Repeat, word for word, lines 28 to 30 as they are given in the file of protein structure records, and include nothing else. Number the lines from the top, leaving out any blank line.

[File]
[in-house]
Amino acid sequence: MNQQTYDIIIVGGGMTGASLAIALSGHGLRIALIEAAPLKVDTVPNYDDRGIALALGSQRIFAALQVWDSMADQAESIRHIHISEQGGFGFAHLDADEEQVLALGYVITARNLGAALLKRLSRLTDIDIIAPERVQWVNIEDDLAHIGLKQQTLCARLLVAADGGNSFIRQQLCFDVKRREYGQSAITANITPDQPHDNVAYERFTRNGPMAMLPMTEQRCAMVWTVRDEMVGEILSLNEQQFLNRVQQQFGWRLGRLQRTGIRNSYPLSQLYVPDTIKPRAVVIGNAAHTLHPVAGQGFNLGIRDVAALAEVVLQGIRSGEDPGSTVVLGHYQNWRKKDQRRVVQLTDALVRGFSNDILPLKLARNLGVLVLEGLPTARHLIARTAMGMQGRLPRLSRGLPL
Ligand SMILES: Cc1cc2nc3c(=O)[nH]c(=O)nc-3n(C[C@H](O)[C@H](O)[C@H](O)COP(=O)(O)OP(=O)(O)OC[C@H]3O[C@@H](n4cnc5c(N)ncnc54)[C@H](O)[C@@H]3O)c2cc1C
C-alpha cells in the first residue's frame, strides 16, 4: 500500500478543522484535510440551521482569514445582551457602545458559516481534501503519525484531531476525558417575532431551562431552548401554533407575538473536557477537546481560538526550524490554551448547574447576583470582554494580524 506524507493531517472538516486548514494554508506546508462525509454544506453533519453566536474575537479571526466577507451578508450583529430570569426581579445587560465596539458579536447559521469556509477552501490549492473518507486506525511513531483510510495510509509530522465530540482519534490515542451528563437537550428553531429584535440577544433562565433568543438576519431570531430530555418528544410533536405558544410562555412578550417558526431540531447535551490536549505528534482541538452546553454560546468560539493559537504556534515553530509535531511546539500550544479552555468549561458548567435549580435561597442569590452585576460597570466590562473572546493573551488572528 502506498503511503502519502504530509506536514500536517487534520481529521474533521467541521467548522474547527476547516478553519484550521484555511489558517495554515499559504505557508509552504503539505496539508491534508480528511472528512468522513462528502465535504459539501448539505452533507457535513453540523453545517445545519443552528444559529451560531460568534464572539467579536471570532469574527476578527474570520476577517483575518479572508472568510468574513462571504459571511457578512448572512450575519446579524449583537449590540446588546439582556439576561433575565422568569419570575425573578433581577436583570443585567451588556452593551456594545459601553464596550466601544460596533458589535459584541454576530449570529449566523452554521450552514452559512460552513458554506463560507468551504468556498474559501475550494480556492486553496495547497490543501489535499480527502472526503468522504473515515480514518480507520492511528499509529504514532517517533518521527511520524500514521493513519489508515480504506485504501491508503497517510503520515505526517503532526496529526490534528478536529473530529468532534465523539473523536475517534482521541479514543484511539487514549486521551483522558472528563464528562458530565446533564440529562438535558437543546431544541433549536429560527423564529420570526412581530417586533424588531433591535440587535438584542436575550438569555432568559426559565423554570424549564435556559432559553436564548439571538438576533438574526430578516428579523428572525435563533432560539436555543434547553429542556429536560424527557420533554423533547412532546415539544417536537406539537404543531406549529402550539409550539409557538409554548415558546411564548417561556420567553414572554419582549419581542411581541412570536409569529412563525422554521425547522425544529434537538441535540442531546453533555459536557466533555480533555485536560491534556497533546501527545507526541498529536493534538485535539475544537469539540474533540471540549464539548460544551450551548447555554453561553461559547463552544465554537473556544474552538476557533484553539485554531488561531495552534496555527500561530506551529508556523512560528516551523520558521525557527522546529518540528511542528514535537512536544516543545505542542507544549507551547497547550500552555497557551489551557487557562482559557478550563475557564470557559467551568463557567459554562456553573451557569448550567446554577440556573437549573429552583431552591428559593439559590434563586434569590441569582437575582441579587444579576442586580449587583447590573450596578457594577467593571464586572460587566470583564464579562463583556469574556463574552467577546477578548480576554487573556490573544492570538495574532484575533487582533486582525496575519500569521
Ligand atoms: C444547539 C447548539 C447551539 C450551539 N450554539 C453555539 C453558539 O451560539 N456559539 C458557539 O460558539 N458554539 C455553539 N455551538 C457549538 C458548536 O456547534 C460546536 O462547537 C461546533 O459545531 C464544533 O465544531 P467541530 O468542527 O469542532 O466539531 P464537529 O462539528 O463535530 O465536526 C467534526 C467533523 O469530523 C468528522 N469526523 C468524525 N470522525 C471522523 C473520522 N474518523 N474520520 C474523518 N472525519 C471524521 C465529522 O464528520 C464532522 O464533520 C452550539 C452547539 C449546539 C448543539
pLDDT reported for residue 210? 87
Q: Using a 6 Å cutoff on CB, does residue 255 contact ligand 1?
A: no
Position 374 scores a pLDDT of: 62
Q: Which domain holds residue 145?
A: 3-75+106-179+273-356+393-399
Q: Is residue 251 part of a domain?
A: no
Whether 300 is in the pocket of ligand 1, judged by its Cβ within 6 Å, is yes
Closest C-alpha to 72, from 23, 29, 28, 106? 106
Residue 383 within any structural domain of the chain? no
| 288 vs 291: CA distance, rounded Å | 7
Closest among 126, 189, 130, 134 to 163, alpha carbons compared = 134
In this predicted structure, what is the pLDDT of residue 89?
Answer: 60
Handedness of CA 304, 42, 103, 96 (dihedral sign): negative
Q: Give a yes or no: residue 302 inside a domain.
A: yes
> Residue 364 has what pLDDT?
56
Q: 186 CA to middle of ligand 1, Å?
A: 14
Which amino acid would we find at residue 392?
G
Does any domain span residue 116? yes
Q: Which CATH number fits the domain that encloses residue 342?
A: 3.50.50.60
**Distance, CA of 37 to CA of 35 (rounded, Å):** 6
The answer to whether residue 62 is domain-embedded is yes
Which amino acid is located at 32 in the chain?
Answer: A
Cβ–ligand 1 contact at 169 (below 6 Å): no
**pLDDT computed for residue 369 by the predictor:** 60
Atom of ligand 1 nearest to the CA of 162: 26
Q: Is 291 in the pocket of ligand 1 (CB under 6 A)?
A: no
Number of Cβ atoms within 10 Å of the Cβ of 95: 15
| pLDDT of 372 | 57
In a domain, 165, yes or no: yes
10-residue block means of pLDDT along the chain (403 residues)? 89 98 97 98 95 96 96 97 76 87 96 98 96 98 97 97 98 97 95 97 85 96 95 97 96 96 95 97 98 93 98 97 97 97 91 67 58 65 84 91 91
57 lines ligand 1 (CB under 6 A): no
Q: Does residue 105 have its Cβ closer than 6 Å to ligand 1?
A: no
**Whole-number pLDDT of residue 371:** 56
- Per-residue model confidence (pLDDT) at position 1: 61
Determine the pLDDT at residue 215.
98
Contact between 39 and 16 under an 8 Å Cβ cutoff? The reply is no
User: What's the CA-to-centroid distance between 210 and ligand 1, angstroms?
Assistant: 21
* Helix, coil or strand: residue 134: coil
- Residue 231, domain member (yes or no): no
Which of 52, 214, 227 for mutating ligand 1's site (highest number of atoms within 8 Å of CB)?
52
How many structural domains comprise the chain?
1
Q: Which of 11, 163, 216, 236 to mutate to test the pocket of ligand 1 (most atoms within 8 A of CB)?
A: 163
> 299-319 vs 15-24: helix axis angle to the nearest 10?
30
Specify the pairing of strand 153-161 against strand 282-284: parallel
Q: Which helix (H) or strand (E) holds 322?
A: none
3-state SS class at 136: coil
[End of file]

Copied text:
Which amino acid would we find at residue 392?
G
Does any domain span residue 116? yes